Now here’s an interesting story that has people wondering whether they should laugh or cry. The town of Noto in Japan has spent 25 million yen ($228,500), that were given to the town as relief money during the pandemic, on an enormous squid statue.
The tourism and hospitality industry in Japan has been struggling, seeing some relief during the Go To Travel campaign the government launched and then had to suspend after it was reported that it was contributing to the widespread of the virus.
Noto, a fishing town on the Noto Peninsula, is famous for its squid. As a result, the local government thought the squid statue would be an appropriate measure to help the town’s tourism industry, which some residents thought outrageous instead of investing the money in resources necessary to fight the pandemic.
A Japanese town was given Covid-19 relief money. It spent $230,000 of it on a giant statue of a squid. https://t.co/gbQNguj3N7
— The New York Times (@nytimes) May 6, 2021
The squid statue has a hole where the squid’s beak should be so people can place their head there and take photos. However, Japan has experienced multiple waves as the country’s state of emergencies do close to nothing to lower numbers and the slow vaccine rollout has seen less than two percent of the population being inoculated.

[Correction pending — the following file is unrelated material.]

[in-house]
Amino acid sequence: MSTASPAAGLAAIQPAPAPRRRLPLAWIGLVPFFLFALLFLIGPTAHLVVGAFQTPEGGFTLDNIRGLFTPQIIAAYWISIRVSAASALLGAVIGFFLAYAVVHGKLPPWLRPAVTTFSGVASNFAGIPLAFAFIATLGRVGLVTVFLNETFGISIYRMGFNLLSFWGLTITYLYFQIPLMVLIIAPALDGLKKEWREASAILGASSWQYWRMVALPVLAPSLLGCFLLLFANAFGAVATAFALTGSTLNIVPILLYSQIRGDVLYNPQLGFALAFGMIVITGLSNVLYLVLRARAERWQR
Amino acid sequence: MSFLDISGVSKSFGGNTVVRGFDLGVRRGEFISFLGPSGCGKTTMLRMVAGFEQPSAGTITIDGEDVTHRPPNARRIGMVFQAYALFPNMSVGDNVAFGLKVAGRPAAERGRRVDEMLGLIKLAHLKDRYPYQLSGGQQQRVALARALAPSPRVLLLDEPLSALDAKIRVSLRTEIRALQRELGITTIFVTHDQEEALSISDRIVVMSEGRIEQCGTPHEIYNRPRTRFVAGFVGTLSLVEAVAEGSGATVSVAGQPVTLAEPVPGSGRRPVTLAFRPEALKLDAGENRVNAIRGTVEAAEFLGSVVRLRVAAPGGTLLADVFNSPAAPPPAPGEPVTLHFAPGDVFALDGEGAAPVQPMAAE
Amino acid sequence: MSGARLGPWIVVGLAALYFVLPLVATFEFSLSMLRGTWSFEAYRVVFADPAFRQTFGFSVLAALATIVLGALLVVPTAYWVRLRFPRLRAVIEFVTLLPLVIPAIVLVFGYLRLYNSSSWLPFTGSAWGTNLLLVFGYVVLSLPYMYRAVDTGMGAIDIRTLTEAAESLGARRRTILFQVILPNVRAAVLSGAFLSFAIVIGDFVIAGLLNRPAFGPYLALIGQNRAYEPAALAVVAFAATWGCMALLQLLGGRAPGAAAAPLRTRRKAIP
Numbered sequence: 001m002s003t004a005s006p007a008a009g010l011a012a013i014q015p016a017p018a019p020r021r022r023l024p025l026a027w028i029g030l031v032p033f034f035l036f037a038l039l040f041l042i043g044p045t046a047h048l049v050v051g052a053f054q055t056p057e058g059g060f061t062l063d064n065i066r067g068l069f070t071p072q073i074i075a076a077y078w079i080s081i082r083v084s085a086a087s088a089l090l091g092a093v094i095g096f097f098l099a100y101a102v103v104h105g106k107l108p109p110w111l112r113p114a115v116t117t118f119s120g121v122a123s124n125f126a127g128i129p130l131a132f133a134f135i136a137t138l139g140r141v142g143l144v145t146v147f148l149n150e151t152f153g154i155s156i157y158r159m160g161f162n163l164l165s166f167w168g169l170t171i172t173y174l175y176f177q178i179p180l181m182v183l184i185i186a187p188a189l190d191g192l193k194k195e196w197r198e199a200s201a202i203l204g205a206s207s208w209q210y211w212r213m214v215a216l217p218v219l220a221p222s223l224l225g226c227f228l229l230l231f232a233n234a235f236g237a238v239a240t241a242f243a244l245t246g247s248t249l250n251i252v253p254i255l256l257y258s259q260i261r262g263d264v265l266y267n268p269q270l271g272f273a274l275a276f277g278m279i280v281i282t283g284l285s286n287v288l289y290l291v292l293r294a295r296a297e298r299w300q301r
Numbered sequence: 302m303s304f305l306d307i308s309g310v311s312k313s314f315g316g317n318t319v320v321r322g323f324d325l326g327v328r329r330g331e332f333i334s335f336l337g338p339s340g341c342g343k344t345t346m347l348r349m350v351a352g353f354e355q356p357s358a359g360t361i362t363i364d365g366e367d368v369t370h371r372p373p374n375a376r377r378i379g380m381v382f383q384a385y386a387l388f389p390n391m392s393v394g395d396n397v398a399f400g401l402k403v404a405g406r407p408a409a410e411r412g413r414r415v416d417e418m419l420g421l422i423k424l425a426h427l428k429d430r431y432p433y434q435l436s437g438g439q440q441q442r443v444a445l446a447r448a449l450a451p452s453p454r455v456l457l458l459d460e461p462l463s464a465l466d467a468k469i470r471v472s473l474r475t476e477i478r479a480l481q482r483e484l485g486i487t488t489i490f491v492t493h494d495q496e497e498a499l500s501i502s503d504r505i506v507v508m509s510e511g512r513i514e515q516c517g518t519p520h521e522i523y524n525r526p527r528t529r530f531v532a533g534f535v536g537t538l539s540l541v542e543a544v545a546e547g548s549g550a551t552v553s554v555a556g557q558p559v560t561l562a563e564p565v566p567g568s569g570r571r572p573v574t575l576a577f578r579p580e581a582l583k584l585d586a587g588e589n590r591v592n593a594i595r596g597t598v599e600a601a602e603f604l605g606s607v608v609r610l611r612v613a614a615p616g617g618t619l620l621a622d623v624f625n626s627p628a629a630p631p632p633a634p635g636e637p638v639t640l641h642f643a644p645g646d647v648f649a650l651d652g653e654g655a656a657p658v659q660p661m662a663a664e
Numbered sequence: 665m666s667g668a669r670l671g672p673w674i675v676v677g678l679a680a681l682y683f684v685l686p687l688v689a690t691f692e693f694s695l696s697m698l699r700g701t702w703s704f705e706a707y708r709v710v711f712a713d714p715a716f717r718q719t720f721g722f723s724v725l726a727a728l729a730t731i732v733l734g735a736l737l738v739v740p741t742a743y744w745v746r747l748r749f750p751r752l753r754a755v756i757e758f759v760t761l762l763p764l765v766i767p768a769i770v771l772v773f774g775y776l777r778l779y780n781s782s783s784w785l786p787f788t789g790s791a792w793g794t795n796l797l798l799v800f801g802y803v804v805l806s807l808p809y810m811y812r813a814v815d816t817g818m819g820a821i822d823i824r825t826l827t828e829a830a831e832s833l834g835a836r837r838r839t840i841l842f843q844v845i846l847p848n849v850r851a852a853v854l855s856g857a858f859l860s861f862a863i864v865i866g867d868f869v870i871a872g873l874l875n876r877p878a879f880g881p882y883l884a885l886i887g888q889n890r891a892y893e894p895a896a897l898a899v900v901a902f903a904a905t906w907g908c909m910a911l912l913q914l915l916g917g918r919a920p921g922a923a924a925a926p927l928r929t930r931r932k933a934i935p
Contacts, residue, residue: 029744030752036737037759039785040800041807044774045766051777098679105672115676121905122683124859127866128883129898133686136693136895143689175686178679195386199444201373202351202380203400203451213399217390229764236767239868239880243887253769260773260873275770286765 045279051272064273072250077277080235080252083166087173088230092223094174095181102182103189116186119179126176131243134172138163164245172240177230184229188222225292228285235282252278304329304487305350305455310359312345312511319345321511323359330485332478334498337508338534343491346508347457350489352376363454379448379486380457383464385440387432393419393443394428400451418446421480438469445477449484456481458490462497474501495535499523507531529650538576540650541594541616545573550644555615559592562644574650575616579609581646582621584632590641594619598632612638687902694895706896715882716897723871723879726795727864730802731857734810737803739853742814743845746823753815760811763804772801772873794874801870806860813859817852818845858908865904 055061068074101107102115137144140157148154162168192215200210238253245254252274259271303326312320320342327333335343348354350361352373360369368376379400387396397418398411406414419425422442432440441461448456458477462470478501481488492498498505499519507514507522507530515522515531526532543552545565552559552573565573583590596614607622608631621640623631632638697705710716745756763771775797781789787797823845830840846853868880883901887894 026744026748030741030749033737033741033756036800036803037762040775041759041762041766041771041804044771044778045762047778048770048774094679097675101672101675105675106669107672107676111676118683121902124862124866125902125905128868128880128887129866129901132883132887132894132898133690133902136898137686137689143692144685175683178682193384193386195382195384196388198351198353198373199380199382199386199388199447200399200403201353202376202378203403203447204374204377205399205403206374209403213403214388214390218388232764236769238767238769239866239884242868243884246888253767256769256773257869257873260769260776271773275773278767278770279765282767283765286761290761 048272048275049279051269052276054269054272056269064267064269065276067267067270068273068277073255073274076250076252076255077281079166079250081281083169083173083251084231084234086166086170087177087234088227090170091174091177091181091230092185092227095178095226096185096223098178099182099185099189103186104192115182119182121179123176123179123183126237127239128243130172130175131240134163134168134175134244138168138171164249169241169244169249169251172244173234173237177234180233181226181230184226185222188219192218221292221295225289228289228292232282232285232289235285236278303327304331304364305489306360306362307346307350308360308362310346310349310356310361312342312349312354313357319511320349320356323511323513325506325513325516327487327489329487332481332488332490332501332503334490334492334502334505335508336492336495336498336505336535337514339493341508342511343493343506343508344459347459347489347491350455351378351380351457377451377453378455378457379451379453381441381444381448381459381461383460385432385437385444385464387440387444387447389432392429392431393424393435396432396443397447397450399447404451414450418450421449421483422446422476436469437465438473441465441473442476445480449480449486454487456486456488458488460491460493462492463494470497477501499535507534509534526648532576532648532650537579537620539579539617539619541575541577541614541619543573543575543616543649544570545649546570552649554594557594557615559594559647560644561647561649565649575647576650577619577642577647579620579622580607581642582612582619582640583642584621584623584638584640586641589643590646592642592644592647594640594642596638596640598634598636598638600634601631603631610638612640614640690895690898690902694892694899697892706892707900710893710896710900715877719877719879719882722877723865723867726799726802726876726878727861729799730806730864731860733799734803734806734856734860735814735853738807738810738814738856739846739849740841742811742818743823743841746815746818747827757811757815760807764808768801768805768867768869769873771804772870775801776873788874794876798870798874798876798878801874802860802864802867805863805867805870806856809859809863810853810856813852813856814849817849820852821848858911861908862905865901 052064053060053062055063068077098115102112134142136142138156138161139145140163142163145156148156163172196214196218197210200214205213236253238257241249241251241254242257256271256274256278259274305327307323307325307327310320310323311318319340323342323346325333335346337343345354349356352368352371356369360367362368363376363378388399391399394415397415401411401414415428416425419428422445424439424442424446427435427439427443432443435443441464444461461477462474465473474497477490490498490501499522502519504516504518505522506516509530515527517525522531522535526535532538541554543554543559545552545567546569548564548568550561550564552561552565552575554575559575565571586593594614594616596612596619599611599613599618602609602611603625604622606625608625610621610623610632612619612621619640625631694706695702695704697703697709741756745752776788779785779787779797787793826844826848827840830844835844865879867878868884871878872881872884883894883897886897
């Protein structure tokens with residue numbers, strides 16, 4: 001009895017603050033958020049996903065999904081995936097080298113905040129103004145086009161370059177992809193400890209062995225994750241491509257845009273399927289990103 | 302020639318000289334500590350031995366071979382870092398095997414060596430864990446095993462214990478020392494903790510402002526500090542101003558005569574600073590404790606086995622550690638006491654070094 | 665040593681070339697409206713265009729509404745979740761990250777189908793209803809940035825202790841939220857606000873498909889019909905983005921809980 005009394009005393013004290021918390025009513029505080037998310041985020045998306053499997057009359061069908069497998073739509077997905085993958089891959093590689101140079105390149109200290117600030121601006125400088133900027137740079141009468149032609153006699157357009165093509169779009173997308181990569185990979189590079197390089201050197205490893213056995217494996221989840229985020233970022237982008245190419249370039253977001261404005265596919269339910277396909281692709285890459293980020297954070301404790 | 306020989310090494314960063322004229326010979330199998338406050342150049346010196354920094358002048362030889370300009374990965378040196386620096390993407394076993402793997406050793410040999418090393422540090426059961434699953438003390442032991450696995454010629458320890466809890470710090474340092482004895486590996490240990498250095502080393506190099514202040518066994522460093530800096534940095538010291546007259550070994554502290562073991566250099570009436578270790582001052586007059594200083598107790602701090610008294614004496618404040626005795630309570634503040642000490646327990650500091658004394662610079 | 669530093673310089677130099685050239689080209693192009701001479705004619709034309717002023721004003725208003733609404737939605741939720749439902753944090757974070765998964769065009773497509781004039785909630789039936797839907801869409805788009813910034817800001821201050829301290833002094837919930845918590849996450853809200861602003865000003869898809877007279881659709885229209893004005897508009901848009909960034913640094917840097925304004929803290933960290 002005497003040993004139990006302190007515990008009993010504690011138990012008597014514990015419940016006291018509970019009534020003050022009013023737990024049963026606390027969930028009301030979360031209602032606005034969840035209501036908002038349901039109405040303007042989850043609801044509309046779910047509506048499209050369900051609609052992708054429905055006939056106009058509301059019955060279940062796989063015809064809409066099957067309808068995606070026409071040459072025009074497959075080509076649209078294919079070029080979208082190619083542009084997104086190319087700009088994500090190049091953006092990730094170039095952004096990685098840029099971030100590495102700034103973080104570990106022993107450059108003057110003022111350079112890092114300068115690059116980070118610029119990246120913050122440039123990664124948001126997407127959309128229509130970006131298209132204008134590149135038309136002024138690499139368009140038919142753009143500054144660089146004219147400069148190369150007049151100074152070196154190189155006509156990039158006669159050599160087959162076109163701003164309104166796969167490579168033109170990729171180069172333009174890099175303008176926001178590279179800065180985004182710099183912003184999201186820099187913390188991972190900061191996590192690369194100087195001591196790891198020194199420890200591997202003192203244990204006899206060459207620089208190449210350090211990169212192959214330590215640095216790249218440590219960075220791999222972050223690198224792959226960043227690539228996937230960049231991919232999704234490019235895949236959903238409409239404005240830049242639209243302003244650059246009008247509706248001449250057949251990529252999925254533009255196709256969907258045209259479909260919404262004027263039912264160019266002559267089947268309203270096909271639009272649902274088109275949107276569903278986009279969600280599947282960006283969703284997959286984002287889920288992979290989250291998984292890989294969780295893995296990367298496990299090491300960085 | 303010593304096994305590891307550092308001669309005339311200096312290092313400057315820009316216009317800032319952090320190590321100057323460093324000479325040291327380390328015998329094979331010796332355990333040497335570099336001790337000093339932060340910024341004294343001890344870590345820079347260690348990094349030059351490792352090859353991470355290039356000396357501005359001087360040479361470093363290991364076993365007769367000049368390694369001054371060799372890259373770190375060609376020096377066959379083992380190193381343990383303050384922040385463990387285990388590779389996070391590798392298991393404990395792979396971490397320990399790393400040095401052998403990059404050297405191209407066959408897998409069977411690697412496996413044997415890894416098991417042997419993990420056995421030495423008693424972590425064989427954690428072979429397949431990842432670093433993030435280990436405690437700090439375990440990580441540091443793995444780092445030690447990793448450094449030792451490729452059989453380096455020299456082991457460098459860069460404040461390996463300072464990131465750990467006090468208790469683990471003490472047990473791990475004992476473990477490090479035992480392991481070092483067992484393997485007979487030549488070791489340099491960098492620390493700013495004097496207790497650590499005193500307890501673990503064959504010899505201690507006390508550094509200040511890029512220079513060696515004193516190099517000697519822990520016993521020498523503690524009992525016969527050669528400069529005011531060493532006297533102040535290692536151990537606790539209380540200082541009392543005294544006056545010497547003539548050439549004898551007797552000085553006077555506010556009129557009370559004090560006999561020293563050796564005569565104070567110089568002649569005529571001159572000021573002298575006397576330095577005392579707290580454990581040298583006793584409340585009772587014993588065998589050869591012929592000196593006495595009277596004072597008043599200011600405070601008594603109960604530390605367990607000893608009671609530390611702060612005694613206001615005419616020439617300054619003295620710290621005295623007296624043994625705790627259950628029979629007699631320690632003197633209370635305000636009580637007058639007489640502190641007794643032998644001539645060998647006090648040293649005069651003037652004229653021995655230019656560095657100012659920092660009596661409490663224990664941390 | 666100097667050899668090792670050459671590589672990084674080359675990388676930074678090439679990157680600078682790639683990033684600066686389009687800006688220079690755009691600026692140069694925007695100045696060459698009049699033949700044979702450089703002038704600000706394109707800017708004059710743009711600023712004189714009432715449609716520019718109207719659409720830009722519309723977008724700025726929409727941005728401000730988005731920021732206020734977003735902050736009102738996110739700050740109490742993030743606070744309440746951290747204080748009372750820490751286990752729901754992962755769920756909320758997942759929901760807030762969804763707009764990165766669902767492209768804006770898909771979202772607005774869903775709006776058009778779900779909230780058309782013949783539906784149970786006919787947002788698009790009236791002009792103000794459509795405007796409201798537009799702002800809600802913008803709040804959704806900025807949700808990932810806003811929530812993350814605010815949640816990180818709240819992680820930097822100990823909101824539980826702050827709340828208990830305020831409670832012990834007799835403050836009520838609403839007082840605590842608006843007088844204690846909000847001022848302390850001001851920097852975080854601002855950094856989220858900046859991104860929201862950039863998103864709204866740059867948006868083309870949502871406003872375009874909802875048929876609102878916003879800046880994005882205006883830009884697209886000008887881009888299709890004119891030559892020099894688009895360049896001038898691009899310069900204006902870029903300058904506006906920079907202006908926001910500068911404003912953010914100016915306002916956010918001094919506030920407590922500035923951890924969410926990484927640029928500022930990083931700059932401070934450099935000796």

Noto received a total of 800 million yen ($7.3 million) in relief money. While the money is intended to help during the COVID-19 pandemic, the money did not actually have to be spent on COVID-19 relief since they were intended to help affected areas boost their economy.
The town’s government, seeing tourism plummet due to the pandemic, decided to order and install the statue citing a plan that will help the town in the long run, so while critics have blasted the extravagant decision, the local government has stated that the decision is anything but myopic. Still, criticism is piling up as people think that the money should have been spent on urgent things during the pandemic like care facilities and medical staff.